An organization intended to help small- to medium-sized Japanese businesses set up shop in the United States — using Idaho as a gateway — has opened an office in Boise.
The organization, Hatsu Japan, is headed by Takashi Suzuki, who also owns Sakae Casting, which opened an office in Idaho Falls in 2017.
This office is the result of several years of effort, said Sen. Kelly Anthon, R-Twin Falls, who has been involved with the project because he speaks Japanese.
“This is the culmination of years of work and the development of a relationship with these companies in Japan,” Anthon said. “Japanese companies realize their domestic market is either exhausted or not as attractive as the U.S. market. Our approach is to bring that business to Idaho and give jobs to Idahoans, through partnerships that benefit Japanese companies as well as Idaho.”
Tour of Idaho
Hatsu recently led 26 Japanese companies on a visit to Idaho, where they spent one day in Twin Falls and one day in Boise. In Boise, they met with Gov. Brad Little, attended a session of the Idaho Legislature and peppered Anthon, Lt. Gov. Janice McGeachin and consultant Jan Rogers with questions about doing business in Idaho.
The group — 17 of whom had never visited Idaho before — represented a wider range of industries, including manufacturing and food processing, than previous efforts, which had primarily focused on technology.
One example was Isao Sagara — making his first trip to Idaho at age 85 — who was interested in meeting with Idaho farmers to look into the use their potatoes and other products in frozen korokke, a potato-based croquette that can also include cheese, vegetables and meat. His company, RakuRaku Food, has 38 employees.
“If we say ‘Idaho,’ everyone identifies Idaho with potato,” Sagara said through an interpreter.
What it could mean for Idaho
While the group isn’t working only with Idaho — it is also visiting California and Texas on its trip — Anthon said he believed that Idaho was the only location where Hatsu had set up an office. Sakae Casting originally came to Idaho in 2016 after attempting to meet with California leaders and finding that the company was too small to get much attention from the state.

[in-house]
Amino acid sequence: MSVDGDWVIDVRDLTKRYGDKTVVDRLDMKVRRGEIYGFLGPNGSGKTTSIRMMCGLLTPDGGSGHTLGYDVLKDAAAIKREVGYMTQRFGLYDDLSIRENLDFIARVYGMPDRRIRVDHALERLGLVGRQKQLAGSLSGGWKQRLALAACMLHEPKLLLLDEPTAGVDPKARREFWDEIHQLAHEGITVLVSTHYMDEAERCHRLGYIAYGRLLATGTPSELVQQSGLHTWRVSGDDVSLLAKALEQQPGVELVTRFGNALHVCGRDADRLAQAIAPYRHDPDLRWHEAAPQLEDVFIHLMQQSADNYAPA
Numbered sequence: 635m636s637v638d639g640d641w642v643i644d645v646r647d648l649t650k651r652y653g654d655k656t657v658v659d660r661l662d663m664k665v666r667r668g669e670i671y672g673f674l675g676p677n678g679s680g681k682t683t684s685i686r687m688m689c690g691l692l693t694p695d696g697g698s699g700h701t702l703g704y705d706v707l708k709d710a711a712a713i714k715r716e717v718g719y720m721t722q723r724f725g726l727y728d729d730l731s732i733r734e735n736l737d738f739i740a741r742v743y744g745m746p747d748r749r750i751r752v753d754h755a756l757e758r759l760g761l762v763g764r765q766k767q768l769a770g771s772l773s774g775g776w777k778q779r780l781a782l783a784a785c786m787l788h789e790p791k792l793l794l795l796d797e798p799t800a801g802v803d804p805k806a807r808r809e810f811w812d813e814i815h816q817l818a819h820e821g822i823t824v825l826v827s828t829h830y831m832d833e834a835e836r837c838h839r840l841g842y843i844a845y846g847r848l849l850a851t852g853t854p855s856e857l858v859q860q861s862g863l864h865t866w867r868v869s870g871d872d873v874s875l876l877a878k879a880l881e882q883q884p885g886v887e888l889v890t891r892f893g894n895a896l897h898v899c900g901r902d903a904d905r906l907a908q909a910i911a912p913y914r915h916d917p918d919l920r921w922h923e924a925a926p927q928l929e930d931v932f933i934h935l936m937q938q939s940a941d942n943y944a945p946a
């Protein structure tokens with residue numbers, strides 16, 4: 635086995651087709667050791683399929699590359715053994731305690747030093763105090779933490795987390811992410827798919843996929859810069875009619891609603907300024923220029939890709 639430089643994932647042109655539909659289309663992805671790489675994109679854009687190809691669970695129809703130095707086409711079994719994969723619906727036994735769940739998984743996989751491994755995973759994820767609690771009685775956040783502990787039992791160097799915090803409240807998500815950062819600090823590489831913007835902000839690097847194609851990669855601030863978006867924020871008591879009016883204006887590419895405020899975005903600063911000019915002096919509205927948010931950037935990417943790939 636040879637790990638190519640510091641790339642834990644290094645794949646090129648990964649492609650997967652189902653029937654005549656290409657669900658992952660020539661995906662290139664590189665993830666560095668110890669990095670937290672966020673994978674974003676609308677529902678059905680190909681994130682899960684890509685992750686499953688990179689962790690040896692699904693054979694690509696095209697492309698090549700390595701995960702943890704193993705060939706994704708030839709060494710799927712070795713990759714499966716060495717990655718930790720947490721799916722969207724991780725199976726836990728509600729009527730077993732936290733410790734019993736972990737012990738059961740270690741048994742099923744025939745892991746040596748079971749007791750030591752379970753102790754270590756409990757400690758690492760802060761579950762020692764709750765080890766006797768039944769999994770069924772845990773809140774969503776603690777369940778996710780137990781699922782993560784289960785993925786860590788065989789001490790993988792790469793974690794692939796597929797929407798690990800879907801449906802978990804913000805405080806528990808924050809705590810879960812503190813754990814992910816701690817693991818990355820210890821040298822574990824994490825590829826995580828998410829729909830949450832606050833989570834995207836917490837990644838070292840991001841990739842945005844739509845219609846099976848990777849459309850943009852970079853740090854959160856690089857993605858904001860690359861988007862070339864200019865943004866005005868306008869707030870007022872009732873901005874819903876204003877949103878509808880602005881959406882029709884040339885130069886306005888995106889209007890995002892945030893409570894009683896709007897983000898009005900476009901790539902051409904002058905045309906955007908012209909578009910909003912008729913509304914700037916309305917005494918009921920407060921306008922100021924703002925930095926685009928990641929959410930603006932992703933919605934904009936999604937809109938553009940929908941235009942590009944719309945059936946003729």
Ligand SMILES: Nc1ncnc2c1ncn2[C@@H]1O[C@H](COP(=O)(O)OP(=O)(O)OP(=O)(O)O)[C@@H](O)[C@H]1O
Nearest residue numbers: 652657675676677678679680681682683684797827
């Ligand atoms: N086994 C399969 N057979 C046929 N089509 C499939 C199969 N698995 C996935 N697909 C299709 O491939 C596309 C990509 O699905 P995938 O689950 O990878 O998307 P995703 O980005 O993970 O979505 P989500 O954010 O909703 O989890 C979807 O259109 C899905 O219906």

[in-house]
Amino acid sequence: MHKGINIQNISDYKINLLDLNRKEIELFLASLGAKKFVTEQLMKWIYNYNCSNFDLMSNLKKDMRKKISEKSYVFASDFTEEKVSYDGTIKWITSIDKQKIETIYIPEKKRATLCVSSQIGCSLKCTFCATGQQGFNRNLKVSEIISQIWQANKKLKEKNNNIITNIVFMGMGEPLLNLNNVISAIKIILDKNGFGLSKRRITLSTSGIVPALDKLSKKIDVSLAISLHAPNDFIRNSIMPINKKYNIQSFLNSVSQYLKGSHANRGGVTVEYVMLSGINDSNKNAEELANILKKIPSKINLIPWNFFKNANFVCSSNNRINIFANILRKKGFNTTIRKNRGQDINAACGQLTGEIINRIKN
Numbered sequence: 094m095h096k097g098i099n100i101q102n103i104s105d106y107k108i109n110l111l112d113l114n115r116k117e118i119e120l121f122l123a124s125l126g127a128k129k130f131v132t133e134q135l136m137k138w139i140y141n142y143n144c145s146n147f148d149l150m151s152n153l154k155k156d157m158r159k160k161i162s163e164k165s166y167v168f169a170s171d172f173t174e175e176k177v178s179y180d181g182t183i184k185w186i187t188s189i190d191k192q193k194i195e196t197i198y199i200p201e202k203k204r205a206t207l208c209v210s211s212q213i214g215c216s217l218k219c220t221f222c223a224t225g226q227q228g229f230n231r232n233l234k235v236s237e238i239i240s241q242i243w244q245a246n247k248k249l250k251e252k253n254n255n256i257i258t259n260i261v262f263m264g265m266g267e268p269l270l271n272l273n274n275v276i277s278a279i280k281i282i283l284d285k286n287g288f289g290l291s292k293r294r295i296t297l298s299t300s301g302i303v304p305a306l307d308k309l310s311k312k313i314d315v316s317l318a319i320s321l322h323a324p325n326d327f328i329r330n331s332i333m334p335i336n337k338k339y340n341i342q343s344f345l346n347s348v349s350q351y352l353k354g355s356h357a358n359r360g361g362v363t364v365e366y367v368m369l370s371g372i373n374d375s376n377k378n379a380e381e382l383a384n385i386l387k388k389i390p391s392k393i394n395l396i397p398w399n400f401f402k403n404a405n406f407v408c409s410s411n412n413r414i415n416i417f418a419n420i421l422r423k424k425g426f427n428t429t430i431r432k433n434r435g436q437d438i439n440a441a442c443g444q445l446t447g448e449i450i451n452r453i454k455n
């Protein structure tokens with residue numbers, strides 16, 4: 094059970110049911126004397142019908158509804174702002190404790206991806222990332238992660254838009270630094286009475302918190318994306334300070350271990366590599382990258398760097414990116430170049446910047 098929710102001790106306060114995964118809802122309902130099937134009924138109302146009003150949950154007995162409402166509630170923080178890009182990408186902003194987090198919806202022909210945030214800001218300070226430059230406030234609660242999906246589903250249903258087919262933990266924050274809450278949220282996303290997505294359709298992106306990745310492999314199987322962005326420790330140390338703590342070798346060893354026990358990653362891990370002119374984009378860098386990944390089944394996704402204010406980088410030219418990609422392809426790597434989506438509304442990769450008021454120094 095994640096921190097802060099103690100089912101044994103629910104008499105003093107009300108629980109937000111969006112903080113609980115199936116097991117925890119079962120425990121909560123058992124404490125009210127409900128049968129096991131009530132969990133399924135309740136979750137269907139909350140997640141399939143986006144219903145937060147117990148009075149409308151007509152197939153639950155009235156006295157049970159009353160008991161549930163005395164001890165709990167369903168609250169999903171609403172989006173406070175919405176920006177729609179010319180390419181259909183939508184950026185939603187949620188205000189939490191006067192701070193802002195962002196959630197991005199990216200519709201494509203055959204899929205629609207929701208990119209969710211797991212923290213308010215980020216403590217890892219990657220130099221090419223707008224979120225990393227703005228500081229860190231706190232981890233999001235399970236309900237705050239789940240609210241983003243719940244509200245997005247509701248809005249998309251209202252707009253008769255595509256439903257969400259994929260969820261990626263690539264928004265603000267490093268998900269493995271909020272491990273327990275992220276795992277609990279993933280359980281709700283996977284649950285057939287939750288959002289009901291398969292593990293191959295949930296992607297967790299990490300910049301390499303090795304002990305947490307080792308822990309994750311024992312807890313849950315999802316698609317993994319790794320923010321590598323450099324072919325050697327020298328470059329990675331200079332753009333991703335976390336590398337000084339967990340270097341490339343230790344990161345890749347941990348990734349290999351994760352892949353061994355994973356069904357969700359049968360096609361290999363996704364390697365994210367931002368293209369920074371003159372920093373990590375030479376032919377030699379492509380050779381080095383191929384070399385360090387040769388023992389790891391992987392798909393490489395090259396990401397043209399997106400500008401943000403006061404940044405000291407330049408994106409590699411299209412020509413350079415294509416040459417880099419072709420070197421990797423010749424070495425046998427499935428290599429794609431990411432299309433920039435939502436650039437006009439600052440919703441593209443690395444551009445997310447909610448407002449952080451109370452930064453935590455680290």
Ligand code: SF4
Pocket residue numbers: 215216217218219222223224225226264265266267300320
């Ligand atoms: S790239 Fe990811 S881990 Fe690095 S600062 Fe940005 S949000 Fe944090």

“That’s what Idaho is providing for these companies,” Anthon said. “They see a realistic possibility for a midsize Japanese firm. They’re not Sony. They’re not Toyota.”
The next step in the relationship is a June visit to Tokyo for Anthon and Rogers.
The two regions have been connecting since a March 2016 visit from Suzuki. In March 2017, the company opened an office in Idaho Falls. In April 2018, it was Sakae’s turn to host Idaho for a visit to several Japanese companies, and in July, seven executives from those companies came back to visit Idaho.
In November 2017, the Idaho Department of Commerce awarded a nearly $238,000 Idaho Global Entrepreneurial Mission (IGEM) grant to the University of Idaho, Boise State University, and the Center for Advanced Energy Studies to partner with Sakae Casting on research and development on spent nuclear fuel storage and cooling capabilities, a project let Sakae to open its office in Idaho Falls.
With the completion of that project, Sakae has now moved its office to Boise, which it will share with Hatsu, Suzuki said through an interpreter.
In addition, Takashi Teraoka, the Consul General of Portland, who is responsible for Idaho, visited Boise in March 2019, as well as again this February.
According to SelectUSA, which sponsors the SelectUSA Investment Conference in Washington, D.C., Japan is the third-biggest source of foreign direct investment (FDI) in Idaho, at 11%, after Germany and Canada. The biggest industry sectors for all countries are food and beverage, with 14 projects out of a total of 38; software and IT services, with five projects and industrial equipment with three projects.